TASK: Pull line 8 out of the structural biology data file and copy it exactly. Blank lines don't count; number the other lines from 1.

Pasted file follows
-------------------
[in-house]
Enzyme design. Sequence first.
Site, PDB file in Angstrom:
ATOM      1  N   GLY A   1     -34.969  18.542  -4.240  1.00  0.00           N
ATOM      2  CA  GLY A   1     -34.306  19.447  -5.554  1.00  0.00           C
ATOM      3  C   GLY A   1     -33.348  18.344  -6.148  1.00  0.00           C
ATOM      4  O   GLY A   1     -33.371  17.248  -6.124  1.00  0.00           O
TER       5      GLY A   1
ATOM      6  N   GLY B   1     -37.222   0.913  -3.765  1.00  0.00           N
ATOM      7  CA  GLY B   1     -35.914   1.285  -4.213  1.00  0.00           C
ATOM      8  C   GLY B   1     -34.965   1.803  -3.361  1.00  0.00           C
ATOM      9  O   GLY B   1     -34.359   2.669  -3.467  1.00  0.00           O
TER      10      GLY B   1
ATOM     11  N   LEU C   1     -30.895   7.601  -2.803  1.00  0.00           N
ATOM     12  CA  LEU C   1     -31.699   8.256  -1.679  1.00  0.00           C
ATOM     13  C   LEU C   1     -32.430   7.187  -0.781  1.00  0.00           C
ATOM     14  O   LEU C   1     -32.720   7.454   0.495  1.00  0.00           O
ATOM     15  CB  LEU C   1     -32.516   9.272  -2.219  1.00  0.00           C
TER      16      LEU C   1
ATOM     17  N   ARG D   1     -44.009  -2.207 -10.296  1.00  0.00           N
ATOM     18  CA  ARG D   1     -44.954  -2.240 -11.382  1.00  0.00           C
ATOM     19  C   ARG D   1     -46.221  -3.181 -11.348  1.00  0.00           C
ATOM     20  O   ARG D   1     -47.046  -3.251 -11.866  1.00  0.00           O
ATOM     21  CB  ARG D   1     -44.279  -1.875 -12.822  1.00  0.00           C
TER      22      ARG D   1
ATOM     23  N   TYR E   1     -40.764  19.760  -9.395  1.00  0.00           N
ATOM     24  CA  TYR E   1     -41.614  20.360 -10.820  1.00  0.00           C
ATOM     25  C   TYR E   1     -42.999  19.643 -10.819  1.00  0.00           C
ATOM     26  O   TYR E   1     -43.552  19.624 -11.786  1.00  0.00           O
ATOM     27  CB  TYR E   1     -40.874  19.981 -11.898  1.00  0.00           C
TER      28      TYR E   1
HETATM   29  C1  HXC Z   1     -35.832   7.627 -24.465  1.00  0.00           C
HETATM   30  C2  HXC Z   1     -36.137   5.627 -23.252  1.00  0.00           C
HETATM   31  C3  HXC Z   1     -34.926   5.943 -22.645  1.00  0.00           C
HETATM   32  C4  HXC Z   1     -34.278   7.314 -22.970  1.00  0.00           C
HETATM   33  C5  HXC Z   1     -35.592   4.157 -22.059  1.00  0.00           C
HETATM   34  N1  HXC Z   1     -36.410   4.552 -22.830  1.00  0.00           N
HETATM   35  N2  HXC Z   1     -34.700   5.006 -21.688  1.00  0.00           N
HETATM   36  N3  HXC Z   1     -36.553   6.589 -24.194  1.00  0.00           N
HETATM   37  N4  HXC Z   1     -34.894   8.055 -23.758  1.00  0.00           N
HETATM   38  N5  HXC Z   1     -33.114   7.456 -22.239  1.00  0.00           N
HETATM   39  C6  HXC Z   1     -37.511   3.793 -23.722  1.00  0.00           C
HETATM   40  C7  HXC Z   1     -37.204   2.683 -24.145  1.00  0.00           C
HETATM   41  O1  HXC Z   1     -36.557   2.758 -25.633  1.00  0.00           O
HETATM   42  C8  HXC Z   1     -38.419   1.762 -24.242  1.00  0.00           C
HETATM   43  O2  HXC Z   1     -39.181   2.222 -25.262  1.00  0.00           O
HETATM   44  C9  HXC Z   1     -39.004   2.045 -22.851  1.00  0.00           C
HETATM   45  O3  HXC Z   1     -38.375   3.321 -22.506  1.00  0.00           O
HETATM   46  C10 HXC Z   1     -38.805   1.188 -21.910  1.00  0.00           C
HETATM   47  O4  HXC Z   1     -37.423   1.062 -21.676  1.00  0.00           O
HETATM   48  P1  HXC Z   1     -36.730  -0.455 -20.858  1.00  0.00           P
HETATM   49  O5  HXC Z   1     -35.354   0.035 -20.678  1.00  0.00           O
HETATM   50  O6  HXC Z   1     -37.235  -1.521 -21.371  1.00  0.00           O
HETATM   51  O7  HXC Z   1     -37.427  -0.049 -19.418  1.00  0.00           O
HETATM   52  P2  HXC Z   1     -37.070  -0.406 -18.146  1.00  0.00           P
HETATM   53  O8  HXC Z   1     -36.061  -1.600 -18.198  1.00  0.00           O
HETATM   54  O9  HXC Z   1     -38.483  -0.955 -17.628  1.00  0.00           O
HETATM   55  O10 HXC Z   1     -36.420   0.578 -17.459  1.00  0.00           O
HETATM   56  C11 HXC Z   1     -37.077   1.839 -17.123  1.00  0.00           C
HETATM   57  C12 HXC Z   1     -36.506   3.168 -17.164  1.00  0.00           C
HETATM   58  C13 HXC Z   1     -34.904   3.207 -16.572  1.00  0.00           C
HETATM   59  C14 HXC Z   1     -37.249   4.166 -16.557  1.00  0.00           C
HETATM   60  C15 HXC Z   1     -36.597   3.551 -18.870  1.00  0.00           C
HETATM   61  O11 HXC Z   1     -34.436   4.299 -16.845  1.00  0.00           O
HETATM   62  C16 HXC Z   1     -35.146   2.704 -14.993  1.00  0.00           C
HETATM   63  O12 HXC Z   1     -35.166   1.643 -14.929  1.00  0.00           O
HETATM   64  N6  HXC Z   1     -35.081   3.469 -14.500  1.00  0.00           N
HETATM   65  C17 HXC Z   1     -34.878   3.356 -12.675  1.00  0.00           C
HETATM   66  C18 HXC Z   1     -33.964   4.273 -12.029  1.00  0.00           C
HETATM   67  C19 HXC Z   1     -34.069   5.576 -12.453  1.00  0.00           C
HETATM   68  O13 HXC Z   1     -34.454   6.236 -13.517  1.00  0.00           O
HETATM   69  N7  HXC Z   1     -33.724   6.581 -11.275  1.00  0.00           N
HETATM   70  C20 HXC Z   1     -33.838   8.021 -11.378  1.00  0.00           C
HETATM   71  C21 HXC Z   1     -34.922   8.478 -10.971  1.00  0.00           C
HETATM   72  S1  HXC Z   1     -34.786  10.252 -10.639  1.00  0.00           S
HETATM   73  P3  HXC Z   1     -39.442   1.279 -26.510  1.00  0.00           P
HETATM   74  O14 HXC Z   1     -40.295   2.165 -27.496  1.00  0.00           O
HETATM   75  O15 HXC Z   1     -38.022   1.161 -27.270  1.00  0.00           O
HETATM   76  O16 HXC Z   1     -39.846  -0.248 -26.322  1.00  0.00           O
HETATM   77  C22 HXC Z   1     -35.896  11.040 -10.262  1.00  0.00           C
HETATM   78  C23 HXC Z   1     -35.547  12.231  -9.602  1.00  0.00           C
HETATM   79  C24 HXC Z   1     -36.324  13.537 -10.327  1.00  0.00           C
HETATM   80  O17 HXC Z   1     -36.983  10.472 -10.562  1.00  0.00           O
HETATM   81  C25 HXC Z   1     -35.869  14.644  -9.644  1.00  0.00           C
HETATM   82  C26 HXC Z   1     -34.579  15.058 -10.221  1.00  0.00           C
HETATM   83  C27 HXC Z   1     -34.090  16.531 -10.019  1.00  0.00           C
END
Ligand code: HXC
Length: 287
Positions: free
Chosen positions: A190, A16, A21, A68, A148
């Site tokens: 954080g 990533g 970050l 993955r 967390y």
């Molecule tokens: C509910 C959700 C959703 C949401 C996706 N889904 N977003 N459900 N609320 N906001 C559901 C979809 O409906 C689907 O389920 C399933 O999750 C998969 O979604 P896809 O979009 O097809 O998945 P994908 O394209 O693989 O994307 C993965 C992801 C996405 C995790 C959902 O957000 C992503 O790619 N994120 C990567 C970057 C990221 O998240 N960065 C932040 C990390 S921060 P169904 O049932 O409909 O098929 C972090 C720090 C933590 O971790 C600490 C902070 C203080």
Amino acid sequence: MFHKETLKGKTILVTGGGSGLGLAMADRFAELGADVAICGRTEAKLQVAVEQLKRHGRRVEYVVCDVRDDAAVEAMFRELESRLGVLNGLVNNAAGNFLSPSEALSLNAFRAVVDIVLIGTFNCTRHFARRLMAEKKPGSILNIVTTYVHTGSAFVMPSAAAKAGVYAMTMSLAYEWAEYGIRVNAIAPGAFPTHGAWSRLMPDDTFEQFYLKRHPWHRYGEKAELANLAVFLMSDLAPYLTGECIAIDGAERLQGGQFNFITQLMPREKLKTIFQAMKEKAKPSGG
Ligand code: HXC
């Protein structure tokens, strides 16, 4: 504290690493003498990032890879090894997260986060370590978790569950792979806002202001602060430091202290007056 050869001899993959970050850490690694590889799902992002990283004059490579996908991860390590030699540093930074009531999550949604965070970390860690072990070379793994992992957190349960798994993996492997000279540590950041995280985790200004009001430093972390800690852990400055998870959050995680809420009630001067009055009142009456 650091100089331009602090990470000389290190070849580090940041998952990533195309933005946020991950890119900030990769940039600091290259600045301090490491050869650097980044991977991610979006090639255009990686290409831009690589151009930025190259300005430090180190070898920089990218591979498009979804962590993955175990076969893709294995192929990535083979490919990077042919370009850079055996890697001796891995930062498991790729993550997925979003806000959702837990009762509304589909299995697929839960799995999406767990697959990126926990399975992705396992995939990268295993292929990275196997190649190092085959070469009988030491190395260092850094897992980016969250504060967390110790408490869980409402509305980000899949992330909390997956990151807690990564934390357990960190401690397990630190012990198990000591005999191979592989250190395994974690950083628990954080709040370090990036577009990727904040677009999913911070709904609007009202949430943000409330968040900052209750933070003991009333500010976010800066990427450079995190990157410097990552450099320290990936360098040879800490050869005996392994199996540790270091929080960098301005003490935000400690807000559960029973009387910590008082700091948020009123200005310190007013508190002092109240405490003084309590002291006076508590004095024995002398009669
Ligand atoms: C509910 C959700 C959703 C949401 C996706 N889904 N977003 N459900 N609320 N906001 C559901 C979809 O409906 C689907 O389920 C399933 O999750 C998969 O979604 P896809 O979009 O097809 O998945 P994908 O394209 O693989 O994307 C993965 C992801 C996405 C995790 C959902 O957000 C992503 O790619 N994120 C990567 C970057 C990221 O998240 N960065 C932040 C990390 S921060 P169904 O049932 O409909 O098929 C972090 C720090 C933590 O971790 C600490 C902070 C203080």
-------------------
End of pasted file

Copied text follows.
TER       5      GLY A   1